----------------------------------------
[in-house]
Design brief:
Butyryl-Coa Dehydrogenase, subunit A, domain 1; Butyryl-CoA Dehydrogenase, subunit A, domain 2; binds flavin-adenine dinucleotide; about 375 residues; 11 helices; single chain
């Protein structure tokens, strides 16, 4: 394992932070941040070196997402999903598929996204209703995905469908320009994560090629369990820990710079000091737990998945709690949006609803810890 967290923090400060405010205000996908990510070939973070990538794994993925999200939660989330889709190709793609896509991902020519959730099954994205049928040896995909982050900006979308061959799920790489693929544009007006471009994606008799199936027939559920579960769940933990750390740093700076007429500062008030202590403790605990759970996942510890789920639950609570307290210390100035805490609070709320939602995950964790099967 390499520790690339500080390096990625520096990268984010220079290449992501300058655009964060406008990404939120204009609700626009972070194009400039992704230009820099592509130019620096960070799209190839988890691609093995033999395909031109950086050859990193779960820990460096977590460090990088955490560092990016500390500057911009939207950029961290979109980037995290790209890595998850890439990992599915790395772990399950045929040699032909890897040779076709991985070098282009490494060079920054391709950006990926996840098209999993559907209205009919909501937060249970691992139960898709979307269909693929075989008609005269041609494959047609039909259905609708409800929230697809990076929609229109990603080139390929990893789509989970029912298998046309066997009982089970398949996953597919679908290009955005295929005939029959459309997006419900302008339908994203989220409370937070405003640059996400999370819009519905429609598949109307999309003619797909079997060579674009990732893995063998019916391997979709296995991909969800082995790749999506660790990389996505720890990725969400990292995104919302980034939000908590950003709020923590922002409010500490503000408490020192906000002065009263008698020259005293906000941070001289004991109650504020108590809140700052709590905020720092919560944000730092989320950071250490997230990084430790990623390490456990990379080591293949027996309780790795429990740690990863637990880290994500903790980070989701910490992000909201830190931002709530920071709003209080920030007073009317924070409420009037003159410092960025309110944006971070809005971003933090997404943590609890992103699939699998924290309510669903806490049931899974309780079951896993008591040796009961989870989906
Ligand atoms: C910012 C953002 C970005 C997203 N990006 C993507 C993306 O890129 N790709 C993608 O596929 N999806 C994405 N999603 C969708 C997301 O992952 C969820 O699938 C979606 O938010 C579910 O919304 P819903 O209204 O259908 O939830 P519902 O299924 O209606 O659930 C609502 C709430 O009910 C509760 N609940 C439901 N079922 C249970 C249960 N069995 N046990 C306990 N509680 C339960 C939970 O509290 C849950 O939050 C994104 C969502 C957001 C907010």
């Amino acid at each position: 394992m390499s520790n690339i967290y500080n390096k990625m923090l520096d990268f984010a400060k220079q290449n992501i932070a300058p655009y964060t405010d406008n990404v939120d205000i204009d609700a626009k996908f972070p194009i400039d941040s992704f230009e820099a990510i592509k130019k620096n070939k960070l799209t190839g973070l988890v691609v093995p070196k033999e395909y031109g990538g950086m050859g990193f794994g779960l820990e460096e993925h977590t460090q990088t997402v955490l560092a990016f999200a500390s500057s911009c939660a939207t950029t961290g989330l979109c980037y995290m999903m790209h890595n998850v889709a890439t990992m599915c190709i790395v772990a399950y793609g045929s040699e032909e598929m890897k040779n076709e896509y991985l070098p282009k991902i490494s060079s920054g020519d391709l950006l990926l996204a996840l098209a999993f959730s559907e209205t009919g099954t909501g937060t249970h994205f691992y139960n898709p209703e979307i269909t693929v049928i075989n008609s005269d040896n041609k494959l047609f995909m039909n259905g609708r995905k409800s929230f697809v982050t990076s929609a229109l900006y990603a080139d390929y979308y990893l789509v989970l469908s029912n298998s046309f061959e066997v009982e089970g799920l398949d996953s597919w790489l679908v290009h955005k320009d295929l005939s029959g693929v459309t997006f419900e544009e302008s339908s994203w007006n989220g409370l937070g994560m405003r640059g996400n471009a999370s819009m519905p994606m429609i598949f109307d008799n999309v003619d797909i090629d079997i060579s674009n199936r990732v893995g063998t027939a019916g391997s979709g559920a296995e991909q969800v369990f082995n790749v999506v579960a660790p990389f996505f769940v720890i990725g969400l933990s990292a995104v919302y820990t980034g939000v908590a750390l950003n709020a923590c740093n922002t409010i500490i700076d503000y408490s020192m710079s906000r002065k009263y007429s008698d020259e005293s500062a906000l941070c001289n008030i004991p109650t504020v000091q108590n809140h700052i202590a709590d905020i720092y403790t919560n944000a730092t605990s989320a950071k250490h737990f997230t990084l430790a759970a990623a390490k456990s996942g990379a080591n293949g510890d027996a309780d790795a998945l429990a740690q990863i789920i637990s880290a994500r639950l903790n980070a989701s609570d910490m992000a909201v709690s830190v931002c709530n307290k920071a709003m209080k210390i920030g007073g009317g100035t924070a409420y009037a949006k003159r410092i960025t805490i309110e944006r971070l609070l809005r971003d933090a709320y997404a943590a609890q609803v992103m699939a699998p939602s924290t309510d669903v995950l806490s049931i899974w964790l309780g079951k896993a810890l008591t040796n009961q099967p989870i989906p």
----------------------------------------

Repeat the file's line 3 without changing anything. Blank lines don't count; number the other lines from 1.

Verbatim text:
Butyryl-Coa Dehydrogenase, subunit A, domain 1; Butyryl-CoA Dehydrogenase, subunit A, domain 2; binds flavin-adenine dinucleotide; about 375 residues; 11 helices; single chain